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“The Killer Comes in the Private Loans.”

Michael Macrae knows a lot of about student debt. The 20-year-old government major recently interned with a local initiative that aims to reform the financial aid system, but the policy work was more than just a line on his resume. As a junior at a private university in downtown Boston, Macrae has his own student debt to reckon with.

“I will probably be graduating with…” Macrae said, pausing. His sharp blue eyes turned upwards as he mentally added his current and future expenses. “We’re probably looking at $52 to $55,000, before interest,” he concluded. With a smile that fills his face, Macrae tacked on some sarcastic laughter to that oppressive statement.

And why not laugh about it? Student debt in this country has reached a hilarious all-time high. Across the United States, university graduates owe a total of roughly $1.4 trillion in student loans. The average student has just over $30,000 in debt. This places Macrae on the high end, but the Suffolk University junior has always been realistic about his family’s finances.

“Loans are going to happen,” Macrae remembers thinking as a high school senior. “Let’s not fight that part. Let’s fight the out-of-pocket costs.”

Before he came to Suffolk University, Macrae was a theatre major at Seton Hall University in New Jersey. Even with a scholarship, Seton Hall required Macrae to take out $8,000 in federal loans and cost his family $1,600 per month on a payment plan.

“Suddenly my family was paying double what they had been paying just on a mortgage,” said Macrae.

In that sense, it was fortunate Macrae hated Jersey. In the spring of 2016, he transferred to Suffolk University and switched his area of study from theatre to government – a financially convenient change of interest. With a career in the public sector, Macrae can qualify for PSLF: Public Service Loan Forgiveness.  Under this program, anyone who works in an eligible nonprofit or government agency and makes ten years of loan payments on time, without defaulting, can have the remainder of their student debt forgiven. A clean slate. For someone who wants to go into public service, PSLF is a massive perk.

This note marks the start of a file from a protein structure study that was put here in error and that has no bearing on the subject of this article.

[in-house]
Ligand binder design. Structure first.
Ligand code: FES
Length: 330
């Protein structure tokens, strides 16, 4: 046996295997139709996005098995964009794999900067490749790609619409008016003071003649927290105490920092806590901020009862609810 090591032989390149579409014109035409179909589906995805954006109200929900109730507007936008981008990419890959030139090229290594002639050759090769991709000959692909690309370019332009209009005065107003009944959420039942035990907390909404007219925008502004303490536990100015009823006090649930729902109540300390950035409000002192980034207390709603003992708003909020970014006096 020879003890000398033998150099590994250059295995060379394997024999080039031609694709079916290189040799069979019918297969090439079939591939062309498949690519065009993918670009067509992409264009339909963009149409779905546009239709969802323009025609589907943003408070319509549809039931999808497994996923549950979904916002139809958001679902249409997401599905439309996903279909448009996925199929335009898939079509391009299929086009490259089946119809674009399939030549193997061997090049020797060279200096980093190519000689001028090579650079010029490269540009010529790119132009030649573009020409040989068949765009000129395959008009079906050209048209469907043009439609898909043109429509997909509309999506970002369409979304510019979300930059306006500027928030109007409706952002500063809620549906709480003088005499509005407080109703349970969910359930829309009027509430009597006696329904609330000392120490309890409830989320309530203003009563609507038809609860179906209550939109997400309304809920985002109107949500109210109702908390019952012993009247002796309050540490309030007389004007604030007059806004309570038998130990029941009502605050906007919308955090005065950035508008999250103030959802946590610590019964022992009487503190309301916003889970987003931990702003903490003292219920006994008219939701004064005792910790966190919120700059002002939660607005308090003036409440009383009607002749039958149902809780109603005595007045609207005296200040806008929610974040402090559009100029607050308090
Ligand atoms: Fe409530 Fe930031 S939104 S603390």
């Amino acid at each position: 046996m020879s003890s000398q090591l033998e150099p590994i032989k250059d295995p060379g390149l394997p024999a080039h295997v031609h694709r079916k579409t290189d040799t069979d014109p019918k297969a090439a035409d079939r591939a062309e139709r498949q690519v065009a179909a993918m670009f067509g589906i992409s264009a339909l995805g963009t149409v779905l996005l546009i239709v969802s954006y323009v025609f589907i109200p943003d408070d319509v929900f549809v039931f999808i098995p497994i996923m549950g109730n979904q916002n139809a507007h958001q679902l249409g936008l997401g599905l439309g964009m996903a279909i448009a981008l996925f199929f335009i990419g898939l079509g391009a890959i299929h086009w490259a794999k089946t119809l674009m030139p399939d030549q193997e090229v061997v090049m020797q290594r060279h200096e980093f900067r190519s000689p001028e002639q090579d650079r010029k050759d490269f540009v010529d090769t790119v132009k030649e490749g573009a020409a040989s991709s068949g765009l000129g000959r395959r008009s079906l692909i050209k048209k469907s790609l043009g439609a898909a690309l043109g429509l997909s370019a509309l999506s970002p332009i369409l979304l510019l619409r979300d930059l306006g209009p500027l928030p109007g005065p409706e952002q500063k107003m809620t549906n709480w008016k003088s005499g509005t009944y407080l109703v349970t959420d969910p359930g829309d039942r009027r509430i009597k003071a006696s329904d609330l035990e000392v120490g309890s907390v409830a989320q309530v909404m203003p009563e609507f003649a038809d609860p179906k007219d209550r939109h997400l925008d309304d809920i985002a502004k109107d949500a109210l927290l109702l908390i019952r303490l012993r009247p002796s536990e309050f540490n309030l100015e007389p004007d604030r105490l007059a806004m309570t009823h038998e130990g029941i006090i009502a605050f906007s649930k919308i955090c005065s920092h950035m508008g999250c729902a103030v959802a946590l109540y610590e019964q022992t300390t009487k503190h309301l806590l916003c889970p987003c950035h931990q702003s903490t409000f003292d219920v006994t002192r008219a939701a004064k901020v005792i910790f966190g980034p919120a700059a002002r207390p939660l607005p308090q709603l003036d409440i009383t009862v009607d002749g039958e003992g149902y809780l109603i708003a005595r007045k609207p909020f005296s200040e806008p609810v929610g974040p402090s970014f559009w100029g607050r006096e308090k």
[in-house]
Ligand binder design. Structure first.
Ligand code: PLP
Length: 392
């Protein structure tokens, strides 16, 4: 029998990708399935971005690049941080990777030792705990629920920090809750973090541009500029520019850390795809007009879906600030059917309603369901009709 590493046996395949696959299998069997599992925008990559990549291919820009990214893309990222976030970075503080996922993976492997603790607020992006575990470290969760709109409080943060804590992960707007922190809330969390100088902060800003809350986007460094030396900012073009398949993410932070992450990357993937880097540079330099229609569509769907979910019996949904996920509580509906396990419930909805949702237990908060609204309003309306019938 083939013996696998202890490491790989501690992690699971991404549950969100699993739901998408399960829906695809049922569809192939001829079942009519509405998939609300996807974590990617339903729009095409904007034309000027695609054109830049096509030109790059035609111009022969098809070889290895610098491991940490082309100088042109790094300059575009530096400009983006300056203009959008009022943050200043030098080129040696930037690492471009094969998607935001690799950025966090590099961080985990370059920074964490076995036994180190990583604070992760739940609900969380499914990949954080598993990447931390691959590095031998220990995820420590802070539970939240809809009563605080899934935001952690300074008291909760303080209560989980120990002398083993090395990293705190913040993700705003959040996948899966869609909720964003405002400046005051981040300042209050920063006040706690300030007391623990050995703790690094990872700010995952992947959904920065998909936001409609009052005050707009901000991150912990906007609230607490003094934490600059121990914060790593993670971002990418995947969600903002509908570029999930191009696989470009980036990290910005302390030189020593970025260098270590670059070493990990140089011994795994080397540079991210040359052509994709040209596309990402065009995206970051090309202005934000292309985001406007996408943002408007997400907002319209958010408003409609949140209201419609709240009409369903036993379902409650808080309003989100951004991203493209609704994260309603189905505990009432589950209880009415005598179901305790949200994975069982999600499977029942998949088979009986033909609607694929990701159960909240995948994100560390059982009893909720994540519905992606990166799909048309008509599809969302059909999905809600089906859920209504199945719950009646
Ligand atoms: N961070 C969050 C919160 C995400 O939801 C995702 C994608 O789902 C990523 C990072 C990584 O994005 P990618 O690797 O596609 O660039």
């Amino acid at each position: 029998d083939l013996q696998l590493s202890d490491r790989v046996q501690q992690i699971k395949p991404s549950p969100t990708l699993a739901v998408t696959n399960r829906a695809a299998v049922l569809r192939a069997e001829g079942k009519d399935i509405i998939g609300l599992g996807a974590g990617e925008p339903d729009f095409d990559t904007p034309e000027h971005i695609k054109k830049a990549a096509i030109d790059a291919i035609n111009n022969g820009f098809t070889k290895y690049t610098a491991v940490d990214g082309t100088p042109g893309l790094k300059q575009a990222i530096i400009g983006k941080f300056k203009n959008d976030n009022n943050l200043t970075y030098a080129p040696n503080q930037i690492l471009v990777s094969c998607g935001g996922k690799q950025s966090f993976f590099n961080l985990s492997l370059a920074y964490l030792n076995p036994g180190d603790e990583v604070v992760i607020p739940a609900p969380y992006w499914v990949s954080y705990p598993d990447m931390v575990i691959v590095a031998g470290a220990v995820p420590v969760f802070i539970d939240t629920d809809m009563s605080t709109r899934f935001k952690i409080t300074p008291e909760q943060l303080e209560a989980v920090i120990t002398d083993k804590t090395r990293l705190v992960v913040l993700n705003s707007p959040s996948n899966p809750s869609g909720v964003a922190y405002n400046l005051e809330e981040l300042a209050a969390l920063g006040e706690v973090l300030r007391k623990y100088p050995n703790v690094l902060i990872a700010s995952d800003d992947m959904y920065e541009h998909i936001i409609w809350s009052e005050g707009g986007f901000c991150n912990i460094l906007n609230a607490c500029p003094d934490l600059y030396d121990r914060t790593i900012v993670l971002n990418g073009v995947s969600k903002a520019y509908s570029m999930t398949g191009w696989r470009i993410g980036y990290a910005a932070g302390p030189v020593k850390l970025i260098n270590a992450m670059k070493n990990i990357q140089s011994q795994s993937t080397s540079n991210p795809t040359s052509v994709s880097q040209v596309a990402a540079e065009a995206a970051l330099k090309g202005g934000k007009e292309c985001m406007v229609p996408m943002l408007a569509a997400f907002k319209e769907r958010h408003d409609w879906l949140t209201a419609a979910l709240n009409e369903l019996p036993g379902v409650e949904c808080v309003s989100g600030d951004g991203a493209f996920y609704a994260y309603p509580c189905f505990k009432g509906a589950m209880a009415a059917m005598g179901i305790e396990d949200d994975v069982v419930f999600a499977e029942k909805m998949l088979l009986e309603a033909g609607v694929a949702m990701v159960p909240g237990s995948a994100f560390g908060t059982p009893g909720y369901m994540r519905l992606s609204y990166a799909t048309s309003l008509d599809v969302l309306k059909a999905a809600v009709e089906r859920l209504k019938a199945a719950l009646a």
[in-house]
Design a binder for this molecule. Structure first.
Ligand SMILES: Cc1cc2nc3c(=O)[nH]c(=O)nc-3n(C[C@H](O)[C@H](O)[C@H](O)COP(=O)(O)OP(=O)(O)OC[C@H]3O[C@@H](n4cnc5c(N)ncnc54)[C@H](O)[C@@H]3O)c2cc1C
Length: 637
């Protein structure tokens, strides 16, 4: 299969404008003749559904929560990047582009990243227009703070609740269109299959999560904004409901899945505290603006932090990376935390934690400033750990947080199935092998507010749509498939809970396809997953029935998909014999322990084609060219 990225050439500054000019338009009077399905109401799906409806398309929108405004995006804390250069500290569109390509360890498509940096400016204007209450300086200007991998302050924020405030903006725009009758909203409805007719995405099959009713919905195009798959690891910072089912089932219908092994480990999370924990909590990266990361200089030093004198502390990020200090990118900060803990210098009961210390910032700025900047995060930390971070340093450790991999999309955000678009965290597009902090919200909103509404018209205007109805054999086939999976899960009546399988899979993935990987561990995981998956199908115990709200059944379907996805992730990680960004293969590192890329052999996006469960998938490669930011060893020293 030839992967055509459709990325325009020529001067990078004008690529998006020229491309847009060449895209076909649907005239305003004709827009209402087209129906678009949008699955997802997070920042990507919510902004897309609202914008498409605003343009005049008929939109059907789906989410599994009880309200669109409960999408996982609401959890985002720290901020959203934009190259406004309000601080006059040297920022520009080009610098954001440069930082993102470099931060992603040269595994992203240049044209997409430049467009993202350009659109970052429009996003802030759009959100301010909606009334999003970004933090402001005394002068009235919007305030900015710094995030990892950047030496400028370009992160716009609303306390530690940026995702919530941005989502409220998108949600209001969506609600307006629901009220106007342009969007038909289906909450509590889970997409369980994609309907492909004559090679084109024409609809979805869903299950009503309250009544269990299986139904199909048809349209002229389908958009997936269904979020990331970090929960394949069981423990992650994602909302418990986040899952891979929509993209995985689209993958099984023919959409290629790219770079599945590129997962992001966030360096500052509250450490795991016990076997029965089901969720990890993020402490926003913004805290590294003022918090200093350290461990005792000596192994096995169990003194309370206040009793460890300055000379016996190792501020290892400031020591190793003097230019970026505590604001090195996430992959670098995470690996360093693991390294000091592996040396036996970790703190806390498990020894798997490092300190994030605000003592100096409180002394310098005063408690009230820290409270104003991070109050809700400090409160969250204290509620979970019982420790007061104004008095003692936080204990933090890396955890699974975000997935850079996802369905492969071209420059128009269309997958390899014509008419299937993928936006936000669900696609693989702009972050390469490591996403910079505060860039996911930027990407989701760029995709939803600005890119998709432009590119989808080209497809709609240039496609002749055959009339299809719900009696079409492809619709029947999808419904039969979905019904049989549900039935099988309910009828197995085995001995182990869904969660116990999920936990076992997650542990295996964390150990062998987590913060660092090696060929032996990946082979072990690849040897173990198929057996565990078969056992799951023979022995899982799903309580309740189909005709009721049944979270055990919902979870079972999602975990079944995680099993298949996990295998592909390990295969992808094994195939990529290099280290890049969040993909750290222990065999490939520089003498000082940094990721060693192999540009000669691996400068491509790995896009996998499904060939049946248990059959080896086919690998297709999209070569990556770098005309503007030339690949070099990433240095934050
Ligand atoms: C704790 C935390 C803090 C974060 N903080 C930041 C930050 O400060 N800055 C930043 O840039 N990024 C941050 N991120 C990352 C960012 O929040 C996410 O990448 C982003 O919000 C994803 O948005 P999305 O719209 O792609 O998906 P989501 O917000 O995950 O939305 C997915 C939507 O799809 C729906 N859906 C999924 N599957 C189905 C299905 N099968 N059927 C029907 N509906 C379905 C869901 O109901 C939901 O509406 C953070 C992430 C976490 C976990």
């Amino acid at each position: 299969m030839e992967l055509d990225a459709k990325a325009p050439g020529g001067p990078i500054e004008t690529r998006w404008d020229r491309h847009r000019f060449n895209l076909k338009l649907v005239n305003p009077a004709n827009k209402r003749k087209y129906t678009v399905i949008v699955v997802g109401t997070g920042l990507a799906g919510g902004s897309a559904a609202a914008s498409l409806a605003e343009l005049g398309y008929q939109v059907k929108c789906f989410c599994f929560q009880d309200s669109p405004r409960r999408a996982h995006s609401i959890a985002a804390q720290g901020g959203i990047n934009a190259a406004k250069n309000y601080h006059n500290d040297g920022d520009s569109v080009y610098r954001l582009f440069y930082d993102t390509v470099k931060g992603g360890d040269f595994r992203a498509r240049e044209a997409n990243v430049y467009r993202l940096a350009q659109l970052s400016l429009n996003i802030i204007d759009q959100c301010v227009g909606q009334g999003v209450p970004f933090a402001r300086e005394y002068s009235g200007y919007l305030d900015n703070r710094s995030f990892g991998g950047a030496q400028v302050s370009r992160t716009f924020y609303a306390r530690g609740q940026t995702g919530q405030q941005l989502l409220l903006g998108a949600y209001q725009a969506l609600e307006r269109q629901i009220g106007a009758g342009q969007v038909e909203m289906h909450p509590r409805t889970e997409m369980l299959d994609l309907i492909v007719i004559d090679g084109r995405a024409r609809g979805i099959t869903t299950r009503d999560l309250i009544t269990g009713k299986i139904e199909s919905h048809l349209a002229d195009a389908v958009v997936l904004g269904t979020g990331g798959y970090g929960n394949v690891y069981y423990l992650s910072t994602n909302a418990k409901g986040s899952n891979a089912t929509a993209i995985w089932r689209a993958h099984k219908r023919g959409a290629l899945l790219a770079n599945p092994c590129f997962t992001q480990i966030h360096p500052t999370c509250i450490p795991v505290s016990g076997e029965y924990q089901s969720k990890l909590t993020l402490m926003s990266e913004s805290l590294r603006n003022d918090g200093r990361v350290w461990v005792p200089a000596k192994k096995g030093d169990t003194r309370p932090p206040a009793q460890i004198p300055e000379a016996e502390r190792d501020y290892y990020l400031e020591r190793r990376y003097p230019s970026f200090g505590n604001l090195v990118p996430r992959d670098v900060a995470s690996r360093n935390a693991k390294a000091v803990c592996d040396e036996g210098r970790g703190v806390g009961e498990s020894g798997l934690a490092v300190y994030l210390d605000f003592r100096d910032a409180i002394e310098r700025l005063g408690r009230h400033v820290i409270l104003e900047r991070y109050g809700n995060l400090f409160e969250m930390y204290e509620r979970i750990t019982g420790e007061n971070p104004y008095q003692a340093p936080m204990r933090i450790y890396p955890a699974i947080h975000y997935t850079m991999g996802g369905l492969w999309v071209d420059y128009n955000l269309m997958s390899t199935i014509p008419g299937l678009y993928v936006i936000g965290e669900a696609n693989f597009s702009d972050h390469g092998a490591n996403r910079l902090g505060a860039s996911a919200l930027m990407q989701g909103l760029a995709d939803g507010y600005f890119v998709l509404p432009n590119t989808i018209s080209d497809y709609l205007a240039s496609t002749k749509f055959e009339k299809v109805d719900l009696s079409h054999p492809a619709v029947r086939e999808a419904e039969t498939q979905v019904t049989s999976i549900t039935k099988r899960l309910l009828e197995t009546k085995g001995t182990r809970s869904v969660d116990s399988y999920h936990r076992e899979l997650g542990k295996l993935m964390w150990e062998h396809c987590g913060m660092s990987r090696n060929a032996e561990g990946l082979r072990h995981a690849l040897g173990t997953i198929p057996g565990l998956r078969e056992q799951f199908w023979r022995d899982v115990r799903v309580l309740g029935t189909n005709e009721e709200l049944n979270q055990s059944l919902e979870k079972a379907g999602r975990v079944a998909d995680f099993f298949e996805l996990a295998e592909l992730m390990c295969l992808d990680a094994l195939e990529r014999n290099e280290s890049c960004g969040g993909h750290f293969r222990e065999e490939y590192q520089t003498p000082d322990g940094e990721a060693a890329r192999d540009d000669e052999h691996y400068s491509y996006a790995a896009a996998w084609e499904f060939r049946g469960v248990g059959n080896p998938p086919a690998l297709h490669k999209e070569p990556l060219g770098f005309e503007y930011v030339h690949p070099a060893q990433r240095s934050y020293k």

“I didn’t think that I brought much to the table in terms of performance, in that I enjoy playing myself and not playing other characters,” said Macrae of his start in theatre. “Public service gave me the opportunity to kind of play myself and still change things.”

The change of study set Macrae up for a more financially stable future, and the change of location allowed him to commute from his family’s home in Quincy, Massachusetts. Plus, a new school meant a whole new financial aid package. Macrae received $18,000 per year through Suffolk’s Dean’s Scholarship and several thousand more through government grants. The rest of Suffolk’s nearly $40,000 tuition was paid with federal Stafford loans, both subsidized and unsubsidized. There were no out-of-pocket costs. Overall, Suffolk gave him a better deal than Seton Hall, but that wasn’t happily ever after for Macrae’s bank account.

The following semester, Macrae received a letter from Suffolk University’s financial aid office stating that one of his subsidized federal loans was replaced with a Suffolk institutional loan. This meant the borrowed money would start earning interest immediately—instead of after graduation as with a subsidized loan—and it would be doing so at a higher rate. Not only this, but Suffolk loans are private, meaning they’re not eligible for forgiveness through PSLF. Switching a federal subsidized loan to an institutional loan means Macrae will owe more over time, with no options for loan forgiveness. Despite the impact this has a student’s financial future, the university can legally make this change without the student’s permission.